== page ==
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scorn

[skawrn] /skɔrn/
noun
1.
open or unqualified contempt; disdain:
His face and attitude showed the scorn he felt.
2.
an object of derision or contempt.
3.
a derisive or contemptuous action or speech.
verb (used with object)
4.
to treat or regard with contempt or disdain:
They scorned the old beggar.
5.
to reject, refuse, or ignore with contempt or disdain:
She scorned my help.
verb (used without object)
6.
to mock; jeer.
Idioms
7.
laugh to scorn, to ridicule; deride:
Her good advice was laughed to scorn.
Origin of scorn
1150-1200
1150-1200; (noun) Middle English scorn, scarn < Old French escarn < Germanic (compare obsolete Dutch schern mockery, trickery); (v.) Middle English skarnen, sc(h)ornen < Old French escharnir, eschernirGermanic
Related forms
scorner, noun
scorningly, adverb
outscorn, verb (used with object)
self-scorn, noun
unscorned, adjective
Synonyms
1. contumely. 4. disdain, contemn, despise, detest.
Antonyms
3. praise.
Synonym Study
1. See contempt.
Dictionary.com Unabridged
Based on the Random House Dictionary, © Random House, Inc. 2017.
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Examples from the Web for scorning
Contemporary Examples
Historical Examples
  • Shakespeare is perfectly willing to depict Hotspur as scorning the arts.

    The Man Shakespeare Frank Harris
  • Yet perhaps he is only some false flatterer who is scorning us all the time.

    Albert Durer T. Sturge Moore
  • "No, I wasn't listening," said Cecily, scorning apology or excuse.

    Tristram of Blent Anthony Hope
  • Unkind Hermia, to join with men in scorning your poor friend.

    Tales from Shakespeare Charles Lamb and Mary Lamb
  • "Don't want any 'tato," objected Janie, scorning the proffered dish.

    Tabitha's Vacation

    Ruth Alberta Brown
  • Adine had ceased her scorning tones; now she was asking for an answer.

    David Lannarck, Midget George S. Harney
  • This, then, is the wisdom you have gained by scorning the mysteries of the Church?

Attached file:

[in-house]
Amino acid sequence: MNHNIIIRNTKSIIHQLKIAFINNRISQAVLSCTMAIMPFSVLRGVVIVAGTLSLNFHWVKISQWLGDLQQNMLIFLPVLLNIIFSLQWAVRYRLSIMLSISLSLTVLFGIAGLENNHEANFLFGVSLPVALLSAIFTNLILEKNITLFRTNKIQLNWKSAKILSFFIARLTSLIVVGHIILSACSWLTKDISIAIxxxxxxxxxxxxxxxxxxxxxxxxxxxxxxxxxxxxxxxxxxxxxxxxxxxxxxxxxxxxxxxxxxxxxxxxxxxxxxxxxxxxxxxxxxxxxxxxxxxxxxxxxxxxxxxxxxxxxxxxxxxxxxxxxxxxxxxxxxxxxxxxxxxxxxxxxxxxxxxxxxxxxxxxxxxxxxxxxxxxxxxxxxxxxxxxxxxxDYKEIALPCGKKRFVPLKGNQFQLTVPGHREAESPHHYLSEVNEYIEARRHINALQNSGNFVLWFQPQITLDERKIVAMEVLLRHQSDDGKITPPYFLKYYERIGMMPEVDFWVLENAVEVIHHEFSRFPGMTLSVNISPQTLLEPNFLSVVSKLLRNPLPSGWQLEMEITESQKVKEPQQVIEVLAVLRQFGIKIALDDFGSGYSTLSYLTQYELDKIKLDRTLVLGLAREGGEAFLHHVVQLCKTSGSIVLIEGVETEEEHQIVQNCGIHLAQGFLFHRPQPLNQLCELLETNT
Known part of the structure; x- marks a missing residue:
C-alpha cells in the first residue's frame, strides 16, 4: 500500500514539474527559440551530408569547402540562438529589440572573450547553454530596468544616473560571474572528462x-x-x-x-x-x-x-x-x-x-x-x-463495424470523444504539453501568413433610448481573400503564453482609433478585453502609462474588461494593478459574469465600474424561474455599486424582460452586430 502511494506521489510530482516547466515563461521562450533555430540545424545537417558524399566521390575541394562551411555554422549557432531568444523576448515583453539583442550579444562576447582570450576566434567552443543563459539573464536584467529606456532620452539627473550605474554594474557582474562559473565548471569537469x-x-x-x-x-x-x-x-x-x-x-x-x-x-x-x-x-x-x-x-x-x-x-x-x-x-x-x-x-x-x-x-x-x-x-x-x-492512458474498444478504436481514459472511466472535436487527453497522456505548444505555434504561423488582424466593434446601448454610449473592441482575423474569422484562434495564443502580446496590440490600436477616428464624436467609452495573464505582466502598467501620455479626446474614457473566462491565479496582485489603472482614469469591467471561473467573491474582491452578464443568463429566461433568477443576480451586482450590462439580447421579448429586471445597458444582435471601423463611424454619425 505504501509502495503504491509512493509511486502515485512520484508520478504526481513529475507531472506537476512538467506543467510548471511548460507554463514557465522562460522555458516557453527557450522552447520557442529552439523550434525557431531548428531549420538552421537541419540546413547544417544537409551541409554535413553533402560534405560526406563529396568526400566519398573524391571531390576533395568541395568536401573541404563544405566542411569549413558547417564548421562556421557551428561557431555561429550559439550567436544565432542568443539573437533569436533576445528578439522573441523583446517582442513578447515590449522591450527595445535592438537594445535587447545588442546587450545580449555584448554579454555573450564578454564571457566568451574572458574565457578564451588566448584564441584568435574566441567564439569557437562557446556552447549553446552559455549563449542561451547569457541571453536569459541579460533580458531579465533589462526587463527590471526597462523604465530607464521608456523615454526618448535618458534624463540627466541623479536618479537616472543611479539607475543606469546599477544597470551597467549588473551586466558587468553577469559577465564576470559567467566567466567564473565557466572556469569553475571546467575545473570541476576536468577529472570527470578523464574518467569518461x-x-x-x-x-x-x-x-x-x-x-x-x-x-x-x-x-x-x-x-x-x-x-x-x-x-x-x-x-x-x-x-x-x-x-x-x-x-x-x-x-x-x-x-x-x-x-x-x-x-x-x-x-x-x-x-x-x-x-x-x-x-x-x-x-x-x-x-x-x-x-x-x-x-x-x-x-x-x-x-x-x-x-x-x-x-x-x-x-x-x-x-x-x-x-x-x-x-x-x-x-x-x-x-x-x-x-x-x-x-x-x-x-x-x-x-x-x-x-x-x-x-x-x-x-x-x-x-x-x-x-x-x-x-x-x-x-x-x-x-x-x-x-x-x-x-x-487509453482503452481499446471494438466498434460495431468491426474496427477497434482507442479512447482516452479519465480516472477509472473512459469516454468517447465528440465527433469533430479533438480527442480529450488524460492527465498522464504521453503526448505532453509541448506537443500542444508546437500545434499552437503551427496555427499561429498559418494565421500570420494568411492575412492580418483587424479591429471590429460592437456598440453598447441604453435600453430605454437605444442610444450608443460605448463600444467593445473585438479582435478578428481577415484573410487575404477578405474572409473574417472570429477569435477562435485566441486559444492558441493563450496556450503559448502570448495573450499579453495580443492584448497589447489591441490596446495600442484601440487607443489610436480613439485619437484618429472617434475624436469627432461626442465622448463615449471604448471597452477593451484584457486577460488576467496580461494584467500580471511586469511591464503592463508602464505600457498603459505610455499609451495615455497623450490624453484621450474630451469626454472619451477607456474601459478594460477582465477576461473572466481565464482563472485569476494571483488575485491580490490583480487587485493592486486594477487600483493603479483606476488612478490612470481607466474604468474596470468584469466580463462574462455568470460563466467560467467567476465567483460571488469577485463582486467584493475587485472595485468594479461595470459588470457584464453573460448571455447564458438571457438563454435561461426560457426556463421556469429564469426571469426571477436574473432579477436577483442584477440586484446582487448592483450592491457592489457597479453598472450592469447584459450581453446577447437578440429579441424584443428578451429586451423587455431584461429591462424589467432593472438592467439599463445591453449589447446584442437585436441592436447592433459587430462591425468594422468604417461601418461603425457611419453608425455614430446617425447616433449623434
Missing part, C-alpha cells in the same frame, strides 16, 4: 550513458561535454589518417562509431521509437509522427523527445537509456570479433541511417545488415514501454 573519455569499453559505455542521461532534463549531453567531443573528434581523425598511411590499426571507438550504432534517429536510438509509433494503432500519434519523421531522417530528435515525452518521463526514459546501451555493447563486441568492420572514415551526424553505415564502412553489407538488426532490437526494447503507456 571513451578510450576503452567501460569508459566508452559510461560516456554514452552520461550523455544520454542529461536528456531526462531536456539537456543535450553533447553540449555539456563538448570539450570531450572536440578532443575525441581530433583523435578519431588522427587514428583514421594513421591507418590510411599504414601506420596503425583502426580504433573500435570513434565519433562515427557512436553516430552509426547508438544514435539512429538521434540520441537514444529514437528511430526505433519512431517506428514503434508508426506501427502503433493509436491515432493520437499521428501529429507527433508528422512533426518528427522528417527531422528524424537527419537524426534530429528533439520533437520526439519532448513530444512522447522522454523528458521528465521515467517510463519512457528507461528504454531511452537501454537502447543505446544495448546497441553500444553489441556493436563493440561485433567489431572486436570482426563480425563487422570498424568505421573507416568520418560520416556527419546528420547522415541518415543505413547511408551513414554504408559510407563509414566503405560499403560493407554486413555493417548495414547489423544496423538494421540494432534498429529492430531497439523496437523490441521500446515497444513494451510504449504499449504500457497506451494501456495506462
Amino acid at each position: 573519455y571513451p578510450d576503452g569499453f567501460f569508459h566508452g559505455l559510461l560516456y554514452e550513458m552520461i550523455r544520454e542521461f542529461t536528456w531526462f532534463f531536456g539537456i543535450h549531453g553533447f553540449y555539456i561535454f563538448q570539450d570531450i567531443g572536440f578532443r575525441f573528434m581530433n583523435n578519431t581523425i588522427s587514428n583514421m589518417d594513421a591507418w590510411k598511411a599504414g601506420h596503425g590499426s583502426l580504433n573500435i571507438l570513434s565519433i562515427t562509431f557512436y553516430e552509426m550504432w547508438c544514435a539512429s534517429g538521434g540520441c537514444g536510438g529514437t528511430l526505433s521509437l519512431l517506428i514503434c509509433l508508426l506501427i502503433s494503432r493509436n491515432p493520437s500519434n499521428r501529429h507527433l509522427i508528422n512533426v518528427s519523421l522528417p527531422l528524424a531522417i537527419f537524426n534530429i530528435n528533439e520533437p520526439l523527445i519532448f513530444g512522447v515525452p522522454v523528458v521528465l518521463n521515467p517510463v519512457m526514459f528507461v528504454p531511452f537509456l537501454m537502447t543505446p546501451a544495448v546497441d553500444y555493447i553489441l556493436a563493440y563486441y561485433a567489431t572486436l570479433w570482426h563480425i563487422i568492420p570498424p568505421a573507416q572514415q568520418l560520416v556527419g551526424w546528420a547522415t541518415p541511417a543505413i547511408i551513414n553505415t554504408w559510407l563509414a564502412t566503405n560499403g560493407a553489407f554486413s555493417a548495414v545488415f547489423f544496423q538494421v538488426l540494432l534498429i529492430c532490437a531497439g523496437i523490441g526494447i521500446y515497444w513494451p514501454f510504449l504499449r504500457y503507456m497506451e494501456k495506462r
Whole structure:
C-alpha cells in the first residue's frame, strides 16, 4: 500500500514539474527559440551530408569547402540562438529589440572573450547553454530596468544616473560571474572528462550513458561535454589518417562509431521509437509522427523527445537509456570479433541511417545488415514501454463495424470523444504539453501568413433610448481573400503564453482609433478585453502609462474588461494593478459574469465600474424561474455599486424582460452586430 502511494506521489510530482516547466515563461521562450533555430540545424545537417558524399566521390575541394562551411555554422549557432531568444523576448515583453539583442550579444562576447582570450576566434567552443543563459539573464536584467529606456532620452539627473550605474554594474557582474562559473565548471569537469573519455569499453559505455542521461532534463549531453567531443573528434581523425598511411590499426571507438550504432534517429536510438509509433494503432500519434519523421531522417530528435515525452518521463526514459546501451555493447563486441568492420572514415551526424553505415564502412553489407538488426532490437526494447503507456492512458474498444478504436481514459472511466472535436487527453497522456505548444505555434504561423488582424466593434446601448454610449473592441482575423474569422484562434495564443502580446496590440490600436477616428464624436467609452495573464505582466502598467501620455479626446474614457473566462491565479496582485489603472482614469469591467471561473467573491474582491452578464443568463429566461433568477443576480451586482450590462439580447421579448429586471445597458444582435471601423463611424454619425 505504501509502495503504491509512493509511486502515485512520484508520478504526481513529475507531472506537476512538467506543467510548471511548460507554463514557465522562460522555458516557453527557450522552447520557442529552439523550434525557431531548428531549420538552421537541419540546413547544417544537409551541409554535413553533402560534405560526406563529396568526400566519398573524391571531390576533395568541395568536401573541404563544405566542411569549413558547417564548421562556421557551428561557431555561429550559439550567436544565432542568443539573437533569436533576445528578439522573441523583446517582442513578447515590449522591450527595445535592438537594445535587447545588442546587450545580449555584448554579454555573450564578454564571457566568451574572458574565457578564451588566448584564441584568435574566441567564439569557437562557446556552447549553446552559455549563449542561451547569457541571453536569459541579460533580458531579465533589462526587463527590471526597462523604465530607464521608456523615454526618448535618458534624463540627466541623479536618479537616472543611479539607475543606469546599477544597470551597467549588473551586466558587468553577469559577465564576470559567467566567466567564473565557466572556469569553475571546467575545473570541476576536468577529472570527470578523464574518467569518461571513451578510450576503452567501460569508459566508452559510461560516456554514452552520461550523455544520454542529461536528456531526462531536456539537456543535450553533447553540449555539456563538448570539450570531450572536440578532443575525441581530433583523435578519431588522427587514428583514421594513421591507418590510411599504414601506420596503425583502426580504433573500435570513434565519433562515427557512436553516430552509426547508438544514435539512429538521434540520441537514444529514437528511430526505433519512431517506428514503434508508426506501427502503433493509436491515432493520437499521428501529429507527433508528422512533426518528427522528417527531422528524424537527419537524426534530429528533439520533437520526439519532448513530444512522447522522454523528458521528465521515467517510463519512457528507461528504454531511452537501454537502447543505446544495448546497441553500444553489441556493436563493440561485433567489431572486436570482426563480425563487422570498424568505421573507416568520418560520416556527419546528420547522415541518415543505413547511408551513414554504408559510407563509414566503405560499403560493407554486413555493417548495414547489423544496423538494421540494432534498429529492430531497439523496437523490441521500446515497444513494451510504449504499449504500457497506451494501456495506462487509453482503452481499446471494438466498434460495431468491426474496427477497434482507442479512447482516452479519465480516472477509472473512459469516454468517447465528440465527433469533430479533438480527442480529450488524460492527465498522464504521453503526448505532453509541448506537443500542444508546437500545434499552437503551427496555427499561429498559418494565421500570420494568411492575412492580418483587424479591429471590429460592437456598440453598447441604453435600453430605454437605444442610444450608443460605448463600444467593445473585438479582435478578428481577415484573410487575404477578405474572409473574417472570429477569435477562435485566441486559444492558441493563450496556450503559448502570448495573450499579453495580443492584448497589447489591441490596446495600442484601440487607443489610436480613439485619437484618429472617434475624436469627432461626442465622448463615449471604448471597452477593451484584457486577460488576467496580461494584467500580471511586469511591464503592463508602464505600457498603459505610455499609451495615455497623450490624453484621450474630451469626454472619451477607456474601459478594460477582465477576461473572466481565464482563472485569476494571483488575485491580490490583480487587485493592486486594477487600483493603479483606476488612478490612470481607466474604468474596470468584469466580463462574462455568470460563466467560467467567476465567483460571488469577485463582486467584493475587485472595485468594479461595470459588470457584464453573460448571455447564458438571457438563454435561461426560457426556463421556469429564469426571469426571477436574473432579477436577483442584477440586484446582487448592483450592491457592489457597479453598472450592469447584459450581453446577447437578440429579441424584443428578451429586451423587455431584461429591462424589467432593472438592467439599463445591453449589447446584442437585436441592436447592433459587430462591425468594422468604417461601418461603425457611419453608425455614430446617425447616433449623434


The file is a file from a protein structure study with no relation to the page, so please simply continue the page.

Romola George Eliot
  • "We are in for it now," she went on, scorning the compliment.

    The Art of Disappearing John Talbot Smith
  • scorning them all, he fully intended to get the better of them yet.

    The Huntress Hulbert Footner
British Dictionary definitions for scorning

scorn

/skɔːn/
noun
1.
open contempt or disdain for a person or thing; derision
2.
an object of contempt or derision
3.
(archaic) an act or expression signifying contempt
verb
4.
to treat with contempt or derision
5.
(transitive) to reject with contempt
Derived Forms
scorner, noun
scornful, adjective
scornfully, adverb
scornfulness, noun
Word Origin
C12 schornen, from Old French escharnir, of Germanic origin; compare Old High German scerōn to behave rowdily, obsolete Dutch schern mockery
Collins English Dictionary - Complete & Unabridged 2012 Digital Edition
© William Collins Sons & Co. Ltd. 1979, 1986 © HarperCollins
Publishers 1998, 2000, 2003, 2005, 2006, 2007, 2009, 2012
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Word Origin and History for scorning

scorn

n.

c.1200, a shortening of Old French escarn "mockery, derision, contempt," a common Romanic word (cf. Spanish escarnio, Italian scherno) of Germanic origin, from Proto-Germanic *skarnjan "mock, deride" (cf. Old High German skern "mockery, jest, sport," Middle High German scherzen "to jump with joy").

Probably influenced by Old French escorne "affront, disgrace," which is a back-formation from escorner, literally "to break off (someone's) horns," from Vulgar Latin *excornare (source of Italian scornare "treat with contempt"), from Latin ex- "without" (see ex-) + cornu "horn" (see horn (n.)).

scorn

v.

c.1200, from Anglo-French, Old North French escarnir (Old French escharnir), from the source of scorn (n.). Cf. Old High German skernon, Middle Dutch schernen. Related: Scorned; scorning. Forms in Romanic languages influenced by confusion with Old French escorner "deprive of horns," hence "deprive of honor or ornament, disgrace."

Online Etymology Dictionary, © 2010 Douglas Harper
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